History

MA EARLY MODERN HISTORY (PART TIME)

Key details 

MA EARLY MODERN HISTORY (PART TIME)

Start Year
2020
Attendance
Part Time
Award
Degree of Master of Arts
Duration (years)
2

Assessment for Year 1

Our modules include both formative and summative assessments, with feedback provided in various ways. This includes – but is not restricted to – written feedback, oral feedback in seminars and tutorials, and peer-to-peer feedback.

Each module will include a sequence of assessments, giving you the opportunity to learn from your formative feedback. The process will encourage you to reflect on your performance and to approach subsequent pieces of work with greater confidence, improving your performance in summative assessments.

Formative assessment includes presentations, essays and dissertation plans, research training and specialised skills. Summative work is assessed through coursework essays – including the options to submit book and exhibition reviews – and your dissertation.

Assessment for Year 2

Our modules include both formative and summative assessments, with feedback provided in various ways. This includes – but is not restricted to – written feedback, oral feedback in seminars and tutorials, and peer-to-peer feedback.

Each module will include a sequence of assessments, giving you the opportunity to learn from your formative feedback. The process will encourage you to reflect on your performance and to approach subsequent pieces of work with greater confidence, improving your performance in summative assessments.

Formative assessment includes presentations, essays and dissertation plans, research training and specialised skills. Summative work is assessed through coursework essays – including the options to submit book and exhibition reviews – and your dissertation.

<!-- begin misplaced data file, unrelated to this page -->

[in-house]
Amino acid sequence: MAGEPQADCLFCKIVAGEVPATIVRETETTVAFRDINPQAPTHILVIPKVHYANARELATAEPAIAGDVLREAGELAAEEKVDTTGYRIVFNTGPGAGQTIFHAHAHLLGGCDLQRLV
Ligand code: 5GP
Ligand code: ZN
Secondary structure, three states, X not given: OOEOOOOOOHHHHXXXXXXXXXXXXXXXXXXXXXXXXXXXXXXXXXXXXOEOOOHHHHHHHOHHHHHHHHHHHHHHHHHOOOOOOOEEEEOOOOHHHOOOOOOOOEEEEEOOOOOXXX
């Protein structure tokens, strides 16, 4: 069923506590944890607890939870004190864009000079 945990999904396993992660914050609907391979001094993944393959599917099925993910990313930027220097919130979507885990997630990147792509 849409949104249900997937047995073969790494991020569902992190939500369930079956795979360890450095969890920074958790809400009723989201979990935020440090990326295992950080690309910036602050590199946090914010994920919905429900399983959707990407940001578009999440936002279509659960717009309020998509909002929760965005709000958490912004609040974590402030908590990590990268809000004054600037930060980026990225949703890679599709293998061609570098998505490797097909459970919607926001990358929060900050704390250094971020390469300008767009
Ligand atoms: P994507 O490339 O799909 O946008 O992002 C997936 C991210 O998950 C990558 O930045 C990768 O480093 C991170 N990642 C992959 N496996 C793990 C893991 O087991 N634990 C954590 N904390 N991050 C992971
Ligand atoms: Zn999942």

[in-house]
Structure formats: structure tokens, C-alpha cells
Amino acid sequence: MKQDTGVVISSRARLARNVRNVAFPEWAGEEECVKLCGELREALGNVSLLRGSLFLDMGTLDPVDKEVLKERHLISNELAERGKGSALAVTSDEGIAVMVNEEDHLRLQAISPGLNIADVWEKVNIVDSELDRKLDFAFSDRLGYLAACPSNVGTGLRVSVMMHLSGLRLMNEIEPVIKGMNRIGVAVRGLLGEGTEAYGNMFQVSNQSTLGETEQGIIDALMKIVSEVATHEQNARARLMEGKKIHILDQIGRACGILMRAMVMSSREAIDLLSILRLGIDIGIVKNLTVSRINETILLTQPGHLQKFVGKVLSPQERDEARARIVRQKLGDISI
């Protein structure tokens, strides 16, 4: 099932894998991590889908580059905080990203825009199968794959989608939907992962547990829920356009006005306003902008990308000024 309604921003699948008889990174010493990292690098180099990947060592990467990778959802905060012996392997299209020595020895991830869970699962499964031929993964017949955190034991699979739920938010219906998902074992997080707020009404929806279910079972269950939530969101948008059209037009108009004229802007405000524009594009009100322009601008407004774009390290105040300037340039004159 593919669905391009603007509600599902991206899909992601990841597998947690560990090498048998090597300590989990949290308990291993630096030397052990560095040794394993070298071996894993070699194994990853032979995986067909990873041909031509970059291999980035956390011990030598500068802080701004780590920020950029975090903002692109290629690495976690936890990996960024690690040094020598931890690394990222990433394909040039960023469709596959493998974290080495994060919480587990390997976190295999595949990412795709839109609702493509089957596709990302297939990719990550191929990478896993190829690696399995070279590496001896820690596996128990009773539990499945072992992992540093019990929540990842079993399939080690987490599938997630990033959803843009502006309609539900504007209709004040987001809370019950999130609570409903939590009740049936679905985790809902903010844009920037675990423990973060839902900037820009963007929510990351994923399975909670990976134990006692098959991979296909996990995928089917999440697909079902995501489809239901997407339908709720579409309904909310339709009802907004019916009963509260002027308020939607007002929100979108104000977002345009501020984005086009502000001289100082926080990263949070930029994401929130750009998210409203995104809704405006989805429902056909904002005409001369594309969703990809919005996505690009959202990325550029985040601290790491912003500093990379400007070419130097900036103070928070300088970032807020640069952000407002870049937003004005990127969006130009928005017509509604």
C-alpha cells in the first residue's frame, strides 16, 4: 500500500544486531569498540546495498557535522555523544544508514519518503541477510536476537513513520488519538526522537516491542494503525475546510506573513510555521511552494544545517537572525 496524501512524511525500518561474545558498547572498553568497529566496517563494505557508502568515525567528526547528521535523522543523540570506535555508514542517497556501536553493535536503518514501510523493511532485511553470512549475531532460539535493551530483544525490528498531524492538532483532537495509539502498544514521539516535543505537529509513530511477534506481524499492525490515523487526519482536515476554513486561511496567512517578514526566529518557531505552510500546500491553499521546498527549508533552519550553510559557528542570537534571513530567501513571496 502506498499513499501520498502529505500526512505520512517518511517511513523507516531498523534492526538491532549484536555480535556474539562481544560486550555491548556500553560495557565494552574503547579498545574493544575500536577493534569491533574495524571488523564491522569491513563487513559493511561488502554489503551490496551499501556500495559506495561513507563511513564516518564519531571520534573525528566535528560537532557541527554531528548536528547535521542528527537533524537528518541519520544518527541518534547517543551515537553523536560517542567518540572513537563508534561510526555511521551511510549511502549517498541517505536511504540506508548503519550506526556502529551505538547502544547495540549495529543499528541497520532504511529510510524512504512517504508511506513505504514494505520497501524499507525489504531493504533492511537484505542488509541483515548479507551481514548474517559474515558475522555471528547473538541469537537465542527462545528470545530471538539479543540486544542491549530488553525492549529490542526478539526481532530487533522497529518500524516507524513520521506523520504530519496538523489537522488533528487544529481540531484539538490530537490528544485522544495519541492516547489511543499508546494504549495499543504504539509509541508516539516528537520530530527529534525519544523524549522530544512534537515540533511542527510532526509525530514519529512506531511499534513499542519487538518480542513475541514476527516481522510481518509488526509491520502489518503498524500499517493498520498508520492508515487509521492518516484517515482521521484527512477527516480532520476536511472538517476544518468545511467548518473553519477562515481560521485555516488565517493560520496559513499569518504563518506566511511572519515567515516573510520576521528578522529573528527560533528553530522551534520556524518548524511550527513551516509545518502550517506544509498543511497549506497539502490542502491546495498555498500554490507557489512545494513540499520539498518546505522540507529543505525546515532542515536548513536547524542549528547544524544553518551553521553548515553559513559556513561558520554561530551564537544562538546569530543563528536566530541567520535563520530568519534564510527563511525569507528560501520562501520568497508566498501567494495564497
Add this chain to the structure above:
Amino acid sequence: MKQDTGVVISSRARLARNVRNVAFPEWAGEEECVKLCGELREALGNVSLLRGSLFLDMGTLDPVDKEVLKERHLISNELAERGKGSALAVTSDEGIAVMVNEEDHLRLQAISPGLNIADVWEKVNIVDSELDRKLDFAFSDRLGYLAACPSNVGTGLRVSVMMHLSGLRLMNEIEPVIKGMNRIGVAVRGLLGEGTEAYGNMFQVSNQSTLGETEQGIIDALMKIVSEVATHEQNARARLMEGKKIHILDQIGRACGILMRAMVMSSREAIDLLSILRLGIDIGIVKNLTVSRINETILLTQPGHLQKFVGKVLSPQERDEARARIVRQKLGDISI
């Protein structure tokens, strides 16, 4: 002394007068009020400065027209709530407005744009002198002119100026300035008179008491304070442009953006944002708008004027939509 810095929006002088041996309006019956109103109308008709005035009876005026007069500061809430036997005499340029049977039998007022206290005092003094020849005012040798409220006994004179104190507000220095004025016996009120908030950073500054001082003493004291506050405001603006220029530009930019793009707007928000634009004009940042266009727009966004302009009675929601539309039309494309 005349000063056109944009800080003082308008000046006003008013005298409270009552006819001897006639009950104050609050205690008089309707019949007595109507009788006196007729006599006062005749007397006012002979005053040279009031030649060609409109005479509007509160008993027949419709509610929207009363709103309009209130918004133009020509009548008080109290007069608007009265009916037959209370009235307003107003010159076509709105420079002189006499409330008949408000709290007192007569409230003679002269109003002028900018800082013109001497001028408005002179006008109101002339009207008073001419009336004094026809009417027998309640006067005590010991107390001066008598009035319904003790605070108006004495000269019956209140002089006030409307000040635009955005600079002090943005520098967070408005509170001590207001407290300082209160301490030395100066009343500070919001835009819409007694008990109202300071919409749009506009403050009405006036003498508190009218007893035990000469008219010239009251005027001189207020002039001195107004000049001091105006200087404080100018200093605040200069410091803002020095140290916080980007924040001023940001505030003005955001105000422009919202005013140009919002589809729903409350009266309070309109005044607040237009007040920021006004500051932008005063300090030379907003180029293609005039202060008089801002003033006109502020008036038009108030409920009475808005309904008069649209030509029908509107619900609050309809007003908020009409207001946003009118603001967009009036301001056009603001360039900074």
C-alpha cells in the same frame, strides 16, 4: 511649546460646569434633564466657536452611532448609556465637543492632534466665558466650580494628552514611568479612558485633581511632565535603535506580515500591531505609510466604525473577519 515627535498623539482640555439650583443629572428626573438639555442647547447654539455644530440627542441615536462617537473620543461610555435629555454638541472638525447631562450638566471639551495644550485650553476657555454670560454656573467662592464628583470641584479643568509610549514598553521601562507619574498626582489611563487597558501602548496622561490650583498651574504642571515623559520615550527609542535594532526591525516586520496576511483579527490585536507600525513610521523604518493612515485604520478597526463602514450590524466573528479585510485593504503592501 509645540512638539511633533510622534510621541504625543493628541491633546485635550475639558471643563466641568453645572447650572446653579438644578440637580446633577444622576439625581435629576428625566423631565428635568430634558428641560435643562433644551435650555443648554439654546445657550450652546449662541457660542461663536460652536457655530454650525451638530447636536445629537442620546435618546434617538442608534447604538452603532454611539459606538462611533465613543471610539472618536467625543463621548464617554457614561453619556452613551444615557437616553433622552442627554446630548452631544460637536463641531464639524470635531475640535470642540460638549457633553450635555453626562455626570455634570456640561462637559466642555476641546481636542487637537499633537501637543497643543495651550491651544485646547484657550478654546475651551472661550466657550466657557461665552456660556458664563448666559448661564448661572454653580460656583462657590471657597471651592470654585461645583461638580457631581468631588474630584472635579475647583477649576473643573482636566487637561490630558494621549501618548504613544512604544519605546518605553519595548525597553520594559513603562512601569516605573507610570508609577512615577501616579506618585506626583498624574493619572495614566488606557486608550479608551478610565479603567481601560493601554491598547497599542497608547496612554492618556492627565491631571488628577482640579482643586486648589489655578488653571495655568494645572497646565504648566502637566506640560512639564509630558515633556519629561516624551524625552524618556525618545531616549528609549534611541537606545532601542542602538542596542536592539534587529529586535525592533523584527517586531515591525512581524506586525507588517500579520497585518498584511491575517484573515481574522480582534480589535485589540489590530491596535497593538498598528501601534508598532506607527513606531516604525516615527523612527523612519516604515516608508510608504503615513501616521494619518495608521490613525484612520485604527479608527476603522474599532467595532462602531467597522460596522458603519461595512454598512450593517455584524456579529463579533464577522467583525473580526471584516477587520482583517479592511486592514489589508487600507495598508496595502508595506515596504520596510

This is the first year of your taught Masters programme.

Assessment for Year 1

Our modules include both formative and summative assessments, with feedback provided in various ways. This includes – but is not restricted to – written feedback, oral feedback in seminars and tutorials, and peer-to-peer feedback.

Each module will include a sequence of assessments, giving you the opportunity to learn from your formative feedback. The process will encourage you to reflect on your performance and to approach subsequent pieces of work with greater confidence, improving your performance in summative assessments.

Formative assessment includes presentations, essays and dissertation plans, research training and specialised skills. Summative work is assessed through coursework essays – including the options to submit book and exhibition reviews – and your dissertation.


Important Information

Whilst the University will make every effort to offer the modules listed, changes may sometimes be made arising from the annual monitoring, review and update of modules. Where this activity leads to significant (but not minor) changes to programmes and their constituent modules, the University will endeavour to consult with students and others. It is also possible that the University may not be able to offer a module for reasons outside of its control, such as the illness of a member of staff. In some cases optional modules can have limited places available and so you may be asked to make additional module choices in the event you do not gain a place on your first choice. Where this is the case, the University will inform students.

This is the second year of your taught Masters programme.

Assessment for Year 2

Our modules include both formative and summative assessments, with feedback provided in various ways. This includes – but is not restricted to – written feedback, oral feedback in seminars and tutorials, and peer-to-peer feedback.

Each module will include a sequence of assessments, giving you the opportunity to learn from your formative feedback. The process will encourage you to reflect on your performance and to approach subsequent pieces of work with greater confidence, improving your performance in summative assessments.

Formative assessment includes presentations, essays and dissertation plans, research training and specialised skills. Summative work is assessed through coursework essays – including the options to submit book and exhibition reviews – and your dissertation.


Important Information